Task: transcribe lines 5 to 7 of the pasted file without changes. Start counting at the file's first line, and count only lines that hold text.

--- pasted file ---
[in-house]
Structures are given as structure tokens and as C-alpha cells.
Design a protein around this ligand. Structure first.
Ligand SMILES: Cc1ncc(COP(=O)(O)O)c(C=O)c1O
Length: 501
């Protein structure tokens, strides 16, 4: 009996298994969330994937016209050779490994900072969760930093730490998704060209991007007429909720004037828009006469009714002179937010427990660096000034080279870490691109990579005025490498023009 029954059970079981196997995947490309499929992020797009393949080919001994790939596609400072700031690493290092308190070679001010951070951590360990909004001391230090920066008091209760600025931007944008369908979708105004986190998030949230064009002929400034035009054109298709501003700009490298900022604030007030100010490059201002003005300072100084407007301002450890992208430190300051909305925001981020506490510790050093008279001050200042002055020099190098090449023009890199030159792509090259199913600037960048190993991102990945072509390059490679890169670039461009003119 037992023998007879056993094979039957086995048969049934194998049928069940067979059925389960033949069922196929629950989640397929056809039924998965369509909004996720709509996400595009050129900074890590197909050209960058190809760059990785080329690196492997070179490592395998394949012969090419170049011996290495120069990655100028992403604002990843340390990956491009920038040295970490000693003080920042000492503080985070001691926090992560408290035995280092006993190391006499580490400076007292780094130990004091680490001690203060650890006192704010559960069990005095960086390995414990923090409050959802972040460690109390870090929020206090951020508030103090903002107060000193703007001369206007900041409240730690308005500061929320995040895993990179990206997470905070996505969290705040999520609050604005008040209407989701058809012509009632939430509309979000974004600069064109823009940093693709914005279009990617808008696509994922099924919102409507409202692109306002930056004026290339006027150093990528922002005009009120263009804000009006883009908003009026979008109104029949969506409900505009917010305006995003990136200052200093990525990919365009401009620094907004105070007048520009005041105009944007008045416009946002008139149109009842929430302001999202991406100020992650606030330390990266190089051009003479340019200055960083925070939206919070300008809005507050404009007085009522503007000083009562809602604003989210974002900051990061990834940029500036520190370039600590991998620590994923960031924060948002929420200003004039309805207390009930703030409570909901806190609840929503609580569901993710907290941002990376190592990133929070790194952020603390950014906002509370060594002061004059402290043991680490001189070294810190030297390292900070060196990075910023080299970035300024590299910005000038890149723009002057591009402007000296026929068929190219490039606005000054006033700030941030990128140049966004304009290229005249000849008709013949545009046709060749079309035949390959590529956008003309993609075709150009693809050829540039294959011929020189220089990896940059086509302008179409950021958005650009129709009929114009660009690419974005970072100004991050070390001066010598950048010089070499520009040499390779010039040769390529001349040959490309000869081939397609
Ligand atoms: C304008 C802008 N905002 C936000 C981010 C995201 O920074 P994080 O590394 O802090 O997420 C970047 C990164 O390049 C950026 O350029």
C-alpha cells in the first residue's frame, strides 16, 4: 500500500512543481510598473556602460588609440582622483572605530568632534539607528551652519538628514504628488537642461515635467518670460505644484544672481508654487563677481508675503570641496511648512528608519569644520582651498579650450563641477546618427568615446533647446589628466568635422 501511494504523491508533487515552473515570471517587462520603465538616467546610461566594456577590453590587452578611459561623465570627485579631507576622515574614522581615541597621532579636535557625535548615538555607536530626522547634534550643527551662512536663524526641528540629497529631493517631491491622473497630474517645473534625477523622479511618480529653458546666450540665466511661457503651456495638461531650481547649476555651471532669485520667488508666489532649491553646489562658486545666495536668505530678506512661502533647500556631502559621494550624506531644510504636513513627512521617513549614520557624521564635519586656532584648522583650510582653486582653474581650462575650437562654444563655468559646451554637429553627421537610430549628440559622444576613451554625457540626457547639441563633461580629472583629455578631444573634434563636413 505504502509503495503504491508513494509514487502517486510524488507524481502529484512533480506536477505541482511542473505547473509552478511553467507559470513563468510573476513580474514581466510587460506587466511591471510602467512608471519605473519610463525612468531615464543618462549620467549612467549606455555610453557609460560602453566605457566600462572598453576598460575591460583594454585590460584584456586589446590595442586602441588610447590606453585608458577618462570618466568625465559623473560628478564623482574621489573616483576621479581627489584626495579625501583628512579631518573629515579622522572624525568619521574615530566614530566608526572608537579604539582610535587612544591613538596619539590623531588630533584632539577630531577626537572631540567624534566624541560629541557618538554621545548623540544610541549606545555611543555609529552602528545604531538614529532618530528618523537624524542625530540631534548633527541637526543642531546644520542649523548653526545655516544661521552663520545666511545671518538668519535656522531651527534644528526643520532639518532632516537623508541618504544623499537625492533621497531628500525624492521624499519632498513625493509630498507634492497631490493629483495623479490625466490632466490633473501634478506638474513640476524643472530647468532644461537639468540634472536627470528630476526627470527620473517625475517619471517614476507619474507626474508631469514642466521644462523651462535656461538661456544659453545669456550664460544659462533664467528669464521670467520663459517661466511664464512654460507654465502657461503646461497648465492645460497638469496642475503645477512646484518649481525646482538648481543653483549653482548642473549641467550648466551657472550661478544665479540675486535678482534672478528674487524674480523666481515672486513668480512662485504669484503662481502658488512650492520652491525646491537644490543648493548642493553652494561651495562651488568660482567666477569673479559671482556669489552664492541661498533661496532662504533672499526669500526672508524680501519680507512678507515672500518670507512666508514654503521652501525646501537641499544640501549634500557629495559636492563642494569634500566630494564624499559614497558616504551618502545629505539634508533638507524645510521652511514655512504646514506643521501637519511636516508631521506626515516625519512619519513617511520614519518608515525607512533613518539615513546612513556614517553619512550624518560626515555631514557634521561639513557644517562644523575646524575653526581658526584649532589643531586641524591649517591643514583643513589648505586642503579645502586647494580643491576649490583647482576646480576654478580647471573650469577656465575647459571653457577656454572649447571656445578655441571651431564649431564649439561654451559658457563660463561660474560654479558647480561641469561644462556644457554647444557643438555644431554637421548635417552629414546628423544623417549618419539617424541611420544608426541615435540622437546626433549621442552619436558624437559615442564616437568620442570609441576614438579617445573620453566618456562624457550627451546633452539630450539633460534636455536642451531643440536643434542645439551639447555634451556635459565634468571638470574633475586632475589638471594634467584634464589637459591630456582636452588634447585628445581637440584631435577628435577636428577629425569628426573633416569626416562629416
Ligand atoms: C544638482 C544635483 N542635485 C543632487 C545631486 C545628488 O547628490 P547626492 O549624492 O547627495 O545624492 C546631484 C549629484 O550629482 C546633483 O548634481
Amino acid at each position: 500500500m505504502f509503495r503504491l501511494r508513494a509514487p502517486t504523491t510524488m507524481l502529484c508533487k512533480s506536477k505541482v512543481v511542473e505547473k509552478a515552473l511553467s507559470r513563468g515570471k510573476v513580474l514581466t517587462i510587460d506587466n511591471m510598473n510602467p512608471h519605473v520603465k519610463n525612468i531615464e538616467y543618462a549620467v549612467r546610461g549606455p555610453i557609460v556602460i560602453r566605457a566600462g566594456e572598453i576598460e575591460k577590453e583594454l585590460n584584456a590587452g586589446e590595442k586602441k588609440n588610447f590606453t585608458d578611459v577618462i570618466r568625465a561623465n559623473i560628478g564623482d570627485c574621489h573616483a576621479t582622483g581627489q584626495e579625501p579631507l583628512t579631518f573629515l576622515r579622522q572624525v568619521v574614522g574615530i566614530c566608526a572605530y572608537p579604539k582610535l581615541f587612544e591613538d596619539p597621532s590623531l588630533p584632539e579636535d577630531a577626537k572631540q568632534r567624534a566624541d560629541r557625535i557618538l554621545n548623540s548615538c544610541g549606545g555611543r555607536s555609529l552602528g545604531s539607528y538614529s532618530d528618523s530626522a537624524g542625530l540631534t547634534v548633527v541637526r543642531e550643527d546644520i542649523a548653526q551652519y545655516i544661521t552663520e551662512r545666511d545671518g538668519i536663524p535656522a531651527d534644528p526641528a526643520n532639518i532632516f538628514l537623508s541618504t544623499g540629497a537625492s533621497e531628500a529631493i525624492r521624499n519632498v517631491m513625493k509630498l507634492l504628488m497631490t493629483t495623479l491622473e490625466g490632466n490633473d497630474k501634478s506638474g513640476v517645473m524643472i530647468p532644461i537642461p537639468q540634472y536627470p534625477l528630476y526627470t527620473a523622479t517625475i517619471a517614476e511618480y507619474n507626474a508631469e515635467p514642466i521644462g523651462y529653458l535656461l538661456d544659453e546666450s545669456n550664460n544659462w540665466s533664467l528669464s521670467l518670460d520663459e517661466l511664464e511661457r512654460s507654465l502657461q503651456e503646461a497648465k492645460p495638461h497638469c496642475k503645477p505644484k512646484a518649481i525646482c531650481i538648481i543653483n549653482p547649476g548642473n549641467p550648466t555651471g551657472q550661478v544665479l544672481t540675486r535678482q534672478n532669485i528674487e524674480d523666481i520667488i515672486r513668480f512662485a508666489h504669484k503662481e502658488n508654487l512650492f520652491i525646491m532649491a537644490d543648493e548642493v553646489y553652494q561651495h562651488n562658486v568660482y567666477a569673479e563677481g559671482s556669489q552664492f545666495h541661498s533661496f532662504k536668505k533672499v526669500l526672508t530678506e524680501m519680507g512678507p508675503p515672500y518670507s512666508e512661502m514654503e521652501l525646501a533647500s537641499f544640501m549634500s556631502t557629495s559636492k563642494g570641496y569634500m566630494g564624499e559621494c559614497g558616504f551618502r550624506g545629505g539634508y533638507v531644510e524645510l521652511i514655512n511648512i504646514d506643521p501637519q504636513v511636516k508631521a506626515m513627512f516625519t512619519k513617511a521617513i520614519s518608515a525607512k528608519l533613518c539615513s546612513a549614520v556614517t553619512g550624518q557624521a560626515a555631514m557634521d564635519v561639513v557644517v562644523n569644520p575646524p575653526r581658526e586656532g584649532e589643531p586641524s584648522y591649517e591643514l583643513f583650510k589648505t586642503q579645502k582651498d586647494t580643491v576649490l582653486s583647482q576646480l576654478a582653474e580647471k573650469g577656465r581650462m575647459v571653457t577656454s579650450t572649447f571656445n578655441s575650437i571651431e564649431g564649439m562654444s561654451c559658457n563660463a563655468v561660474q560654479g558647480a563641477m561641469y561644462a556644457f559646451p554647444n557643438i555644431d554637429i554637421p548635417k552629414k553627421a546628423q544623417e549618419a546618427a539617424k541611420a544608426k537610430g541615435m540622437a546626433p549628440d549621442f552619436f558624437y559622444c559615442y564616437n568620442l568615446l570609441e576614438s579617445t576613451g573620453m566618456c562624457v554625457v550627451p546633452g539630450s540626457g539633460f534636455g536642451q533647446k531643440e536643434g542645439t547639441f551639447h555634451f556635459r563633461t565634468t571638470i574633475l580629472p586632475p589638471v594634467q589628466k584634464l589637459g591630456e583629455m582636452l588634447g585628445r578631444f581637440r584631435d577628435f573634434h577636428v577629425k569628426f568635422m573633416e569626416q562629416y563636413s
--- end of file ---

Length: 501
């Protein structure tokens, strides 16, 4: 009996298994969330994937016209050779490994900072969760930093730490998704060209991007007429909720004037828009006469009714002179937010427990660096000034080279870490691109990579005025490498023009 029954059970079981196997995947490309499929992020797009393949080919001994790939596609400072700031690493290092308190070679001010951070951590360990909004001391230090920066008091209760600025931007944008369908979708105004986190998030949230064009002929400034035009054109298709501003700009490298900022604030007030100010490059201002003005300072100084407007301002450890992208430190300051909305925001981020506490510790050093008279001050200042002055020099190098090449023009890199030159792509090259199913600037960048190993991102990945072509390059490679890169670039461009003119 037992023998007879056993094979039957086995048969049934194998049928069940067979059925389960033949069922196929629950989640397929056809039924998965369509909004996720709509996400595009050129900074890590197909050209960058190809760059990785080329690196492997070179490592395998394949012969090419170049011996290495120069990655100028992403604002990843340390990956491009920038040295970490000693003080920042000492503080985070001691926090992560408290035995280092006993190391006499580490400076007292780094130990004091680490001690203060650890006192704010559960069990005095960086390995414990923090409050959802972040460690109390870090929020206090951020508030103090903002107060000193703007001369206007900041409240730690308005500061929320995040895993990179990206997470905070996505969290705040999520609050604005008040209407989701058809012509009632939430509309979000974004600069064109823009940093693709914005279009990617808008696509994922099924919102409507409202692109306002930056004026290339006027150093990528922002005009009120263009804000009006883009908003009026979008109104029949969506409900505009917010305006995003990136200052200093990525990919365009401009620094907004105070007048520009005041105009944007008045416009946002008139149109009842929430302001999202991406100020992650606030330390990266190089051009003479340019200055960083925070939206919070300008809005507050404009007085009522503007000083009562809602604003989210974002900051990061990834940029500036520190370039600590991998620590994923960031924060948002929420200003004039309805207390009930703030409570909901806190609840929503609580569901993710907290941002990376190592990133929070790194952020603390950014906002509370060594002061004059402290043991680490001189070294810190030297390292900070060196990075910023080299970035300024590299910005000038890149723009002057591009402007000296026929068929190219490039606005000054006033700030941030990128140049966004304009290229005249000849008709013949545009046709060749079309035949390959590529956008003309993609075709150009693809050829540039294959011929020189220089990896940059086509302008179409950021958005650009129709009929114009660009690419974005970072100004991050070390001066010598950048010089070499520009040499390779010039040769390529001349040959490309000869081939397609
Ligand atoms: C304008 C802008 N905002 C936000 C981010 C995201 O920074 P994080 O590394 O802090 O997420 C970047 C990164 O390049 C950026 O350029």